If parents choose to home-school independently from the district—whether in groups or individually—school systems stand to lose substantial amounts of money tied to enrollment, said Aaron Garth Smith, the director of education policy at the Reason Foundation, a libertarian think tank, and an expert on school finance.
“In terms of the actual effect on district finances, it’s really complex,” he said. “It really depends on how the local funding formula interacts with state funding.”
But while it’s difficult to make universal statements about school funding, the impact of losing an unexpectedly high number of students would be meaningful for many systems. “For most districts, even losing 1 percent or 2 percent of students you’re going to lose a lot of funding,” Smith said.
School districts that rely more on local dollars—which are usually more-affluent districts—are cushioned from the financial pinch of enrollment loss, compared to districts that rely heavily on state and federal funding tied to per-pupil enrollment, said Smith.
Some states are considering holding districts harmless for their enrollment losses by basing funding on last year’s enrollment numbers. That will have a negative effect on the schools where enrollment goes up, said Smith.
But the idea has fans among some school districts, such as Durham Public Schools in North Carolina, where district officials are worried that parents may homeschool for the first part of the school year, and then send their children back to school once coronavirus cases drop and in-person classes resume—and, crucially, after official enrollment tallies have been taken and per pupil money allocated.
North Carolina has seen a swell of parents filing with the state to home-school—so much so that the first day families could file online with the state to homeschool, the system crashed from the traffic according to the Associated Press.
There’s also concern about how homeschooling—whether in pods or individually—could affect students’ education said Jennifer Wildman, the superintendent of Mammoth United School District, which serves a ski resort town in California’s Sierra Nevada mountains.
When Wildman started to hear rumblings of parents looking into home schooling, she said she grew concerned that pulling students completely out of the public school system would cause more potentially harmful disruptions to their educations, on top of schools closing last spring.
But, unhappy with remote learning this spring, a number of parents, including teachers in Mammoth USD, weren’t keen to repeat the experience, said Wildman.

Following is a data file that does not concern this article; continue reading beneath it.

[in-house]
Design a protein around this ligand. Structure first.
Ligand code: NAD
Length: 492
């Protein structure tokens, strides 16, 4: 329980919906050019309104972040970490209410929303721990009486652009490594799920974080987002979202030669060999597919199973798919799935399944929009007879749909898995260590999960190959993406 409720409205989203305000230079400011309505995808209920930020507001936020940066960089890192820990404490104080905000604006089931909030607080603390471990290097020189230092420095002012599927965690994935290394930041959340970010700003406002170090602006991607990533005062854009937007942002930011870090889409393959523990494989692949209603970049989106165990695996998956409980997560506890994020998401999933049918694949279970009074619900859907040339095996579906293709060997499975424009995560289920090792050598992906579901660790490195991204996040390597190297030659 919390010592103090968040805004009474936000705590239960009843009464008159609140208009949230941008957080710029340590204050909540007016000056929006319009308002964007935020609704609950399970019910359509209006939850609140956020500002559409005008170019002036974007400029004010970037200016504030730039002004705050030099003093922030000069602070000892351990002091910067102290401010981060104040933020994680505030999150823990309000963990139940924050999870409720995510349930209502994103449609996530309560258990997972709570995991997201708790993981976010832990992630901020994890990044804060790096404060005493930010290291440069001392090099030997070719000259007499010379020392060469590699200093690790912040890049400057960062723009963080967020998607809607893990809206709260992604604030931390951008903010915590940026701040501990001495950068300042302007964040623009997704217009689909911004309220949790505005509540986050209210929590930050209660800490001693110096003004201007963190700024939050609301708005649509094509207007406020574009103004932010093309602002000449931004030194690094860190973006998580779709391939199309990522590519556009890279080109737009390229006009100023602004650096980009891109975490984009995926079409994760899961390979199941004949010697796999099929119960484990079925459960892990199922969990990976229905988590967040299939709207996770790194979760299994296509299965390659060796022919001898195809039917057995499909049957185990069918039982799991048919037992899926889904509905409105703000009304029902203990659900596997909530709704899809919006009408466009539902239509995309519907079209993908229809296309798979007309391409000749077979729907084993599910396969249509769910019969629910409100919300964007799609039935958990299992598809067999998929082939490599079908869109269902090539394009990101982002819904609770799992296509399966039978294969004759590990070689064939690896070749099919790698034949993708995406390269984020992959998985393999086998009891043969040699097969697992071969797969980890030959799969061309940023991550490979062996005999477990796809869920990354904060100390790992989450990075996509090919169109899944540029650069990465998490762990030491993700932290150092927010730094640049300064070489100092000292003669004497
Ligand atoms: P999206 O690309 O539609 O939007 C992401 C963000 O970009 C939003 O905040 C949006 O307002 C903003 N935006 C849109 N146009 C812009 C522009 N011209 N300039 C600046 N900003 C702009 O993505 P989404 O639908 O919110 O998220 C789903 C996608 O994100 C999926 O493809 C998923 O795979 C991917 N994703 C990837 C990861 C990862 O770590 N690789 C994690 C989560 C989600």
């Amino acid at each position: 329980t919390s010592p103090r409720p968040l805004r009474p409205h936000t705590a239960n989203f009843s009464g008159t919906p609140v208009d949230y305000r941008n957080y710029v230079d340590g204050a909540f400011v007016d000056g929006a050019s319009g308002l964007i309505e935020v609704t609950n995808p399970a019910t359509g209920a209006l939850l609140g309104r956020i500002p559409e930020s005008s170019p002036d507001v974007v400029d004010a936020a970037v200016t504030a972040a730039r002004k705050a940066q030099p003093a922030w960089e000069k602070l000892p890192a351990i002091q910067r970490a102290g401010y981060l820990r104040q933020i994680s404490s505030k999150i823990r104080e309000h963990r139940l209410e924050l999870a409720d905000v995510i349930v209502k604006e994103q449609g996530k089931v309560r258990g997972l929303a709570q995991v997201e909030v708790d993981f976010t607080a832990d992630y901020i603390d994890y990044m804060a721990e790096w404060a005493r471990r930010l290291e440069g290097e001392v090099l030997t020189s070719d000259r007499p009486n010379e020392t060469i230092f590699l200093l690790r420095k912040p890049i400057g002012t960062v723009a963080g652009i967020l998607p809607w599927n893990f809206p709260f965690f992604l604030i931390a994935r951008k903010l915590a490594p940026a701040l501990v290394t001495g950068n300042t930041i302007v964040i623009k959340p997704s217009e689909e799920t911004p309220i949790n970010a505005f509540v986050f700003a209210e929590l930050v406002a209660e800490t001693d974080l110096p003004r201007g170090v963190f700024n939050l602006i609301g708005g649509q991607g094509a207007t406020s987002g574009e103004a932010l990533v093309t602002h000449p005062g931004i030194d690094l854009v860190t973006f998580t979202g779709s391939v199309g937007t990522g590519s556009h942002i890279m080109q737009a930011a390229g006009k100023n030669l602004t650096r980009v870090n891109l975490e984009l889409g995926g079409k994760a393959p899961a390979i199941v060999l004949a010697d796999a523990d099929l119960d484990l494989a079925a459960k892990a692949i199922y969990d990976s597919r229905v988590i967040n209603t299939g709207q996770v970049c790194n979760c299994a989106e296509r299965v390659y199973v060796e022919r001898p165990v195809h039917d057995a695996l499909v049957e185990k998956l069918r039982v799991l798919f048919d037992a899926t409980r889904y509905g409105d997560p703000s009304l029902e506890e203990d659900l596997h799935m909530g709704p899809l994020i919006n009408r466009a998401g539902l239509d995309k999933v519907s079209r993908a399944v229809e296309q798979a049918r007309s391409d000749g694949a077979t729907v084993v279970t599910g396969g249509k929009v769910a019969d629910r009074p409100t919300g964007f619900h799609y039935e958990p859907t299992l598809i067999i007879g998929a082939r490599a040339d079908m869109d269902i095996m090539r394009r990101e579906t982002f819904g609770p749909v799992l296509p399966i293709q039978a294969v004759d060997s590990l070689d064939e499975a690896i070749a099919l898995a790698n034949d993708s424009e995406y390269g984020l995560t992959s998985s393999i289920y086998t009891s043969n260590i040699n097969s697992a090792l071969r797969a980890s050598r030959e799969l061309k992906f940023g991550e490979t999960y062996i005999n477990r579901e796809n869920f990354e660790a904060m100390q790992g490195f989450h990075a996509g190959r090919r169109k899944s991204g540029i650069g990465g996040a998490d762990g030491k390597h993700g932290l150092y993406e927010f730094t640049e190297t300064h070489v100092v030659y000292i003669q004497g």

“A few [teachers] went overboard,” she said. “They did Zoom classes in the evening. … There were frustrations around Google Classroom and some of the expectations.”
Wildman heard from parents “that some of our teachers were requiring too much and some not nearly enough.”
She responded by creating two distance learning tracks: The first is more hands-on with students interacting through teleconferences with teachers every day. That track is positioned to transition into in-person classes once coronavirus case numbers go down. The second track is a long-term independent study program that is more self-driven with separate assignments and only weekly check-ins with a teacher. It’s not a flawless system, said Wildman. Because of state rules, only 10 percent of students can participate in the more hands-off track, and she expects the district will reach that cap. But she’s hoping the added option will keep her families enrolled in the district.
Balancing Equity Concerns
Like so much in this pandemic, the focus on learning pods is exposing inequities in access, funding, and educational opportunity that have been around for a long time.
Some parents are trying to navigate the difficult equity issues themselves. Kristin Thomas Sancken, a parent in Charlottesville, Va., has two daughters entering 5th and 1st grades.
Her older daughter was already being homeschooled because of special education needs. But Sancken loves the diverse public school that her younger daughter attends.
She posted on a neighborhood group to see if anyone was interested in forming a learning pod, and got a gratifying number of responses—but they were all from middle-class white families like her own, which does not reflect the school’s demographic makeup.
“I need to figure out how to do this in an equitable way,” Sancken said she was left thinking. So the parents are reaching out to other families in the school and to community organizations to try to get a broader representation.
She’s still not sure how it’s going to work. “In my wildest dreams, this would be something that would really bring our community together and bring parents together in a new way,” she said.
Abby Paske, an elementary science teacher in Berkeley, Calif., and a parent of a rising kindergartner, a 5th grader, and an 8th grader, said that parents should wait to form pods or other informal groups after school districts group their children into classrooms. Because classes themselves are often balanced among different demographics, parents can at least work within a grouping that might be more diverse than just reaching out to their small networks.
“There’s clearly lots of parents who have the bandwidth to think about this,” Paske said. Since parents are already “freaking out,” she said, “let’s take a quarter of that ‘freak out’ and put it towards equity. We can make it that much better in the end.”
Sharon Foley, a parent of a rising 3rd grader and a kindergartner in Austin, Texas, said she hopes that some good might come from the painful reckoning. She is considering organizing a pod, and thinking about how she can be a broader community resource.
“It’s really uncomfortable in the moment. But I actually think that parents are going to be so much more engaged than they have been about what’s actually happening in their schools,” she said.
Calarco, the Indiana University researcher, offered a multipronged approach that might help parents and address equity concerns. If parents are looking for more instructional support, fixing that problem should be led by districts, who could focus on small classes and fairly paid teachers—a costly solution, but the fairest one for all, she said.
If child care or social interaction is the main concern, the child-care co-ops are more equitable than learning pods. While that approach is not perfect, parents can get support without draining resources from public education.
“If they're purely for social purposes, then at least they don't give privileged students an extra leg up in school,” she said. “And arguably, they'll also be better for kids' mental health, in that they reduce the pressure on students to be spending all their time thinking about school.”
Vol. 40, Issue 01, Pages 8-9Published in Print: August 19, 2020, as Could the 'Pandemic Pod' Be a Lifeline for Parents or a Threat to Equity?